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Helmut Schmidt, Published November 03 2010

UPDATED: Moorhead voters approve school district levy

With all of Moorhead School District’s precincts reporting, voters had ap-proved an $850 per student operating levy.

Raw results had 53.5 per-cent of those going to the polls voting for the levy, while 46.5 percent voted against it.

The results include full unofficial vote totals for all 27 precincts. The raw re-sults had 6,950 ballots cast for the levy and 6,045 cast against it.

“A very wonderful day for the Moorhead School District and the kids of Moorhead,” said Corey Elmer, co-chairman of the Vote Yes Committee.

“A very exciting night. The voters of Moorhead really affirmed their com-mitment to great schools. And if you are a family with kids, you want to be in Moorhead,” Elmer said.

“It’s pretty exciting for our community,” said Superintendent Lynne Kovash.

“I am so thankful to the community and our com-mittee parents, students and staff who worked to pass this,” she said. “

Kovash said she wanted the dialogue with the community to continue.

“We want to show we are accountable and using the money wisely,” she said.

The outcome was a dra-matic turnaround from 2009, when an identical levy failed with just over 50 percent of those casting ballots voting against it.

“It looks like we’ve im-proved in the northern and the central part a good five to eight percent, and im-proved in the southern part as well,” Elmer said.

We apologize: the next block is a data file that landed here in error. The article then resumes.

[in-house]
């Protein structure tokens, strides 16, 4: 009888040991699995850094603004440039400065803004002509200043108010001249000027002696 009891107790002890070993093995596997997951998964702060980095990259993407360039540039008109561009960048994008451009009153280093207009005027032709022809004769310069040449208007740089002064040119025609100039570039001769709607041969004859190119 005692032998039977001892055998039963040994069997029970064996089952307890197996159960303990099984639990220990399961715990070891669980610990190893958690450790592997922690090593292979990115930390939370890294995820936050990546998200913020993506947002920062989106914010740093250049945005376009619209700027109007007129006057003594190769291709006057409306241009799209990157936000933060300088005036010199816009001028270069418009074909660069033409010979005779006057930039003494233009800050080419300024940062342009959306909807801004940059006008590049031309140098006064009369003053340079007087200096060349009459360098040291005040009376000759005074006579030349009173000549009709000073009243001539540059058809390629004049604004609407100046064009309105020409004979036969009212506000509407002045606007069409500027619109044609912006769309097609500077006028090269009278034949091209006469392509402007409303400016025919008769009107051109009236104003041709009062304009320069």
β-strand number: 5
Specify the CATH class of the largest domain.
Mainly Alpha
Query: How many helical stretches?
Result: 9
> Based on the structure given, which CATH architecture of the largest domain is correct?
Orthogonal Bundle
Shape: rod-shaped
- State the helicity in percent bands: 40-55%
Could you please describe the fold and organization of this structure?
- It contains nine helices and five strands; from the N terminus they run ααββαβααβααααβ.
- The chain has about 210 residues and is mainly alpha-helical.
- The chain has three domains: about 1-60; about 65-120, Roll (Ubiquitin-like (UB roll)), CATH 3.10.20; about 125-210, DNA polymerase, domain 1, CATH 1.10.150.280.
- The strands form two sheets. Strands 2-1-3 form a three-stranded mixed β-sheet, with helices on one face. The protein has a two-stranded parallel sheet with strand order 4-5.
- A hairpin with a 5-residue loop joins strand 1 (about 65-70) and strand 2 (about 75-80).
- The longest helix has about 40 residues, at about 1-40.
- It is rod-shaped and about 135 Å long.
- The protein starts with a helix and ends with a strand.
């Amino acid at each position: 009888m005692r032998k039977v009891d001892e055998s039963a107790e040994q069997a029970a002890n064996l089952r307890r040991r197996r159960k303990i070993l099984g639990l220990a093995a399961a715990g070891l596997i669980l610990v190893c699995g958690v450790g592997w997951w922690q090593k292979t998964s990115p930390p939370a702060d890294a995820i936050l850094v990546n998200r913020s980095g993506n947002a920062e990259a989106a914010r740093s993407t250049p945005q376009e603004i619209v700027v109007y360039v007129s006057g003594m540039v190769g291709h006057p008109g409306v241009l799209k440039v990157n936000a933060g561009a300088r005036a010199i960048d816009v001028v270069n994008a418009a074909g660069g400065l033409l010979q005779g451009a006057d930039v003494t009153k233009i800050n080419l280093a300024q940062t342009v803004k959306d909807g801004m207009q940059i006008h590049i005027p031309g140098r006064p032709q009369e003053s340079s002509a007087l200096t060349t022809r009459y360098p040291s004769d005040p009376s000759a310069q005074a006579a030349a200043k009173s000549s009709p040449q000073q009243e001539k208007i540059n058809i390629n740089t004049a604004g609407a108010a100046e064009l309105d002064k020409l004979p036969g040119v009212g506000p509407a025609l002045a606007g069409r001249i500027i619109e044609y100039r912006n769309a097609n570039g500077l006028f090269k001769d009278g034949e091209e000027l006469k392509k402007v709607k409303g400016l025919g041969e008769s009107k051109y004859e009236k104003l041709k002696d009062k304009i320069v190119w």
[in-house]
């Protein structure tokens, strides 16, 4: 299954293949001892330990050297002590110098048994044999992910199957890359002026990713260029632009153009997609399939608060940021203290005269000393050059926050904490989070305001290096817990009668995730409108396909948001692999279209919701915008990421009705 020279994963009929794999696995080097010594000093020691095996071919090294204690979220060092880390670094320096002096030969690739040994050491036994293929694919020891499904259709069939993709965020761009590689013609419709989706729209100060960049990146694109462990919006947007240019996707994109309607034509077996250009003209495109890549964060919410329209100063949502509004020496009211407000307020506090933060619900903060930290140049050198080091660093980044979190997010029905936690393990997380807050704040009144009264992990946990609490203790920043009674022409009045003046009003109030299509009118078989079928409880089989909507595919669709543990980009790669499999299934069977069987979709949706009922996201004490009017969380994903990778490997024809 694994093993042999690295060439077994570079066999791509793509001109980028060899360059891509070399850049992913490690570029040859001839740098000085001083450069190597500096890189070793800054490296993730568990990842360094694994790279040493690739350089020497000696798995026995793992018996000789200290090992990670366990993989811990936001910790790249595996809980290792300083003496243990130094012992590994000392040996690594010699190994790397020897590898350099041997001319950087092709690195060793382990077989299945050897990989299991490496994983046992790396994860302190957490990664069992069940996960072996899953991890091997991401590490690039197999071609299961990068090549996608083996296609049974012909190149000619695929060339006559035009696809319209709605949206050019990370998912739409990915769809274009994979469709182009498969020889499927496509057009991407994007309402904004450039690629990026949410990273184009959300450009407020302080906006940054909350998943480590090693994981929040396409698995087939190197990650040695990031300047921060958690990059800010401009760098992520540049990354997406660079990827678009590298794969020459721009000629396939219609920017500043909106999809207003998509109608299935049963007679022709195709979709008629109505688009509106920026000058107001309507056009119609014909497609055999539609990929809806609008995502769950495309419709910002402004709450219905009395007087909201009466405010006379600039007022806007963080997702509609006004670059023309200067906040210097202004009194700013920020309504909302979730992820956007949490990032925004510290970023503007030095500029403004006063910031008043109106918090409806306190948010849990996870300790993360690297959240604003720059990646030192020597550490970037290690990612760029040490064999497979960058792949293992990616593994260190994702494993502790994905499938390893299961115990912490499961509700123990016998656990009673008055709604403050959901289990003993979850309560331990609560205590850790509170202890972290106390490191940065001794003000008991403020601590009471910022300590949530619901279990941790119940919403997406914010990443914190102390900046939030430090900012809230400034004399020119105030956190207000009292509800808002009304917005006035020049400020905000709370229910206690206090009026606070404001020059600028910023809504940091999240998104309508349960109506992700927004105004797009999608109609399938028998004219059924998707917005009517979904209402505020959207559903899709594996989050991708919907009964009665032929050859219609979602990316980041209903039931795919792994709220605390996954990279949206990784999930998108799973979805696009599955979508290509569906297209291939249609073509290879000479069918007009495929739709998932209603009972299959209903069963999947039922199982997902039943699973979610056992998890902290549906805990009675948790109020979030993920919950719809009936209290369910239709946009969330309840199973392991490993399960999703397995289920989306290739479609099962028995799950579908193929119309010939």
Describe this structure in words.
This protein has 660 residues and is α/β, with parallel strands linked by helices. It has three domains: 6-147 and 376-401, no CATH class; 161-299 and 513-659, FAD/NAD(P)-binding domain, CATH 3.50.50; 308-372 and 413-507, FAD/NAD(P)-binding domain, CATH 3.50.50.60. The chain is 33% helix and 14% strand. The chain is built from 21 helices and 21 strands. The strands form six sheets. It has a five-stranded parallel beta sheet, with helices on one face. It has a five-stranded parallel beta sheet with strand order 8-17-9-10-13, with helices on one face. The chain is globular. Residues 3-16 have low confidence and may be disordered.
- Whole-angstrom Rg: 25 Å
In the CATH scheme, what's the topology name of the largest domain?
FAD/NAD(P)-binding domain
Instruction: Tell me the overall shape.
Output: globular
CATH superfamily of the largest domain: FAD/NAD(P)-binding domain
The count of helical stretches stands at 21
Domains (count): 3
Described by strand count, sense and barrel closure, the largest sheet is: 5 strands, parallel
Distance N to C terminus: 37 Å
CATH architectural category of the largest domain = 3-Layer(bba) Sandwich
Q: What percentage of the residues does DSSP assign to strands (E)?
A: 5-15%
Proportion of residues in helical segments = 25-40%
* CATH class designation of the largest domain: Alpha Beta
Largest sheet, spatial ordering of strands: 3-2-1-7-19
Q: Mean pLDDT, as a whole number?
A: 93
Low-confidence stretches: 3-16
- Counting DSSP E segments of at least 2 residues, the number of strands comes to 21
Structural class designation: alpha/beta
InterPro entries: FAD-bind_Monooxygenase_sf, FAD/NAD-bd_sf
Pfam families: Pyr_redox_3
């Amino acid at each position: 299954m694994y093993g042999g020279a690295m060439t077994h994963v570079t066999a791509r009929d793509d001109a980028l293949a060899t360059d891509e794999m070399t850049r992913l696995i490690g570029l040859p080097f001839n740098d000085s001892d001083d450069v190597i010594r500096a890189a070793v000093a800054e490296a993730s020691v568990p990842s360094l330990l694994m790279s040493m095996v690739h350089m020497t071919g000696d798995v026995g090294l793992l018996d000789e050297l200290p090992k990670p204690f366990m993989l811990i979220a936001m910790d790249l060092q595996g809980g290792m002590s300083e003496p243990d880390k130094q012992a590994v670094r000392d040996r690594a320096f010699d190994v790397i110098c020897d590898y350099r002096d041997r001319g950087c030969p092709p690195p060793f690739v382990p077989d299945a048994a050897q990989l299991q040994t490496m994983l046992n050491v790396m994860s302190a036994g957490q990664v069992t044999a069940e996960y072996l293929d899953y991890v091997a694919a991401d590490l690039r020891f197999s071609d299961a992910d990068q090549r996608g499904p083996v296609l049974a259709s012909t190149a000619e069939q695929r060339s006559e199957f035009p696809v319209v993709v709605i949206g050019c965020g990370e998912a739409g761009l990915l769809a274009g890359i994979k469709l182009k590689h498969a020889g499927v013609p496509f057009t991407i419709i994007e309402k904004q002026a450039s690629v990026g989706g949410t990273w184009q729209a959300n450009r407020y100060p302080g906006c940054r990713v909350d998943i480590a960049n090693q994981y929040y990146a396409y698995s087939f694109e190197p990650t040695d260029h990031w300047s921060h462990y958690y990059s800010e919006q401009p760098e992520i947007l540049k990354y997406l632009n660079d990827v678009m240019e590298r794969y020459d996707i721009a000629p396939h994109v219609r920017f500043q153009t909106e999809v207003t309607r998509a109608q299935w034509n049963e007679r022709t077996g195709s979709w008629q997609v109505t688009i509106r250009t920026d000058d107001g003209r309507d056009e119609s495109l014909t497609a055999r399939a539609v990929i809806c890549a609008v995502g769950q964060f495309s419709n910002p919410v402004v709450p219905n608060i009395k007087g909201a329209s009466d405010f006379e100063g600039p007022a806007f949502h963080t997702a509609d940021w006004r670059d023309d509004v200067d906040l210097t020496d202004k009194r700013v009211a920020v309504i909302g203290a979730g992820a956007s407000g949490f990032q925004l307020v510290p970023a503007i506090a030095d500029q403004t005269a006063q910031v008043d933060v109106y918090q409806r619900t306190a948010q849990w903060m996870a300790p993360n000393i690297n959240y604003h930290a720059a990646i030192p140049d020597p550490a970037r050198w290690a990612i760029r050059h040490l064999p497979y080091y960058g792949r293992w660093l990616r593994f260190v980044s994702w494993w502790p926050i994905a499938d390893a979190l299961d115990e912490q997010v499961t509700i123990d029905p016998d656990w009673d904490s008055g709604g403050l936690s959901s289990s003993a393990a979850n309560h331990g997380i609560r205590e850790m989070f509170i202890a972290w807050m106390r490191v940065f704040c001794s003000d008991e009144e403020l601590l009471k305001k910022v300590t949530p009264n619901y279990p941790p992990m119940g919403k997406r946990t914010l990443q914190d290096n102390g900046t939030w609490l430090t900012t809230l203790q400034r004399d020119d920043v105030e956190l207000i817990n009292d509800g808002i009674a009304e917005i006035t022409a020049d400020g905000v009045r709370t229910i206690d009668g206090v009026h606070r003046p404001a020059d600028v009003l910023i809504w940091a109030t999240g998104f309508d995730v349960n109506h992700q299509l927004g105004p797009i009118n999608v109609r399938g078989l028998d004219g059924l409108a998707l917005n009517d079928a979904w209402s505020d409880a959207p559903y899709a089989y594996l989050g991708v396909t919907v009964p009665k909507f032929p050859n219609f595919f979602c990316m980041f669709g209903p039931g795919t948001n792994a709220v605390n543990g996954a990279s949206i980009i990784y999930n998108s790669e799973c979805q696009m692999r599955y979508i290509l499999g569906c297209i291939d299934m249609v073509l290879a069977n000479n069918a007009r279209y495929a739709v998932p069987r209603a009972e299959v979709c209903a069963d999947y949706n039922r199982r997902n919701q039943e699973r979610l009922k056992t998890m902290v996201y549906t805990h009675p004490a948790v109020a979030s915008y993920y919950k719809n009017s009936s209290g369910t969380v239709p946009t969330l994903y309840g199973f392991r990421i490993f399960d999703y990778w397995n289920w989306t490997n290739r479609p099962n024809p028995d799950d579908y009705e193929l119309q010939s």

Election judges at several sites around the city said turnout was strong for a non-presidential election.

The levy is designed to bring in $5.2 million annu-ally over seven years.

District officials had cau-tioned that next year’s budget would have seen a $2 million deficit without the levy, with the gap growing in future years.

The School District plans to use the levy to avoid budget cuts or deficit spending. The rest of the money will be used to re-duce class sizes at the mid-dle and high school level, expand language offerings, repair technology, and make early childhood programs more affordable.

Assistant Superinten-dent Wayne Kazmierczak said that if the levy had failed, layoffs would have been considered. Other possibilities were switch-ing to a four-day week, or expanding the distance for providing bus rides to school from one up to two miles, he said.

The levy will raise prop-erty taxes on a $100,000 home about $179 a year. On a $200,000 home, the taxes would go up $358 a year. Taxes on a $300,000 home would go up about $537, the district estimates.

The measure needed a simple majority of those voting to pass: 50 percent plus one vote.

Readers can reach Forum reporter Helmut Schmidt at (701) 241-5583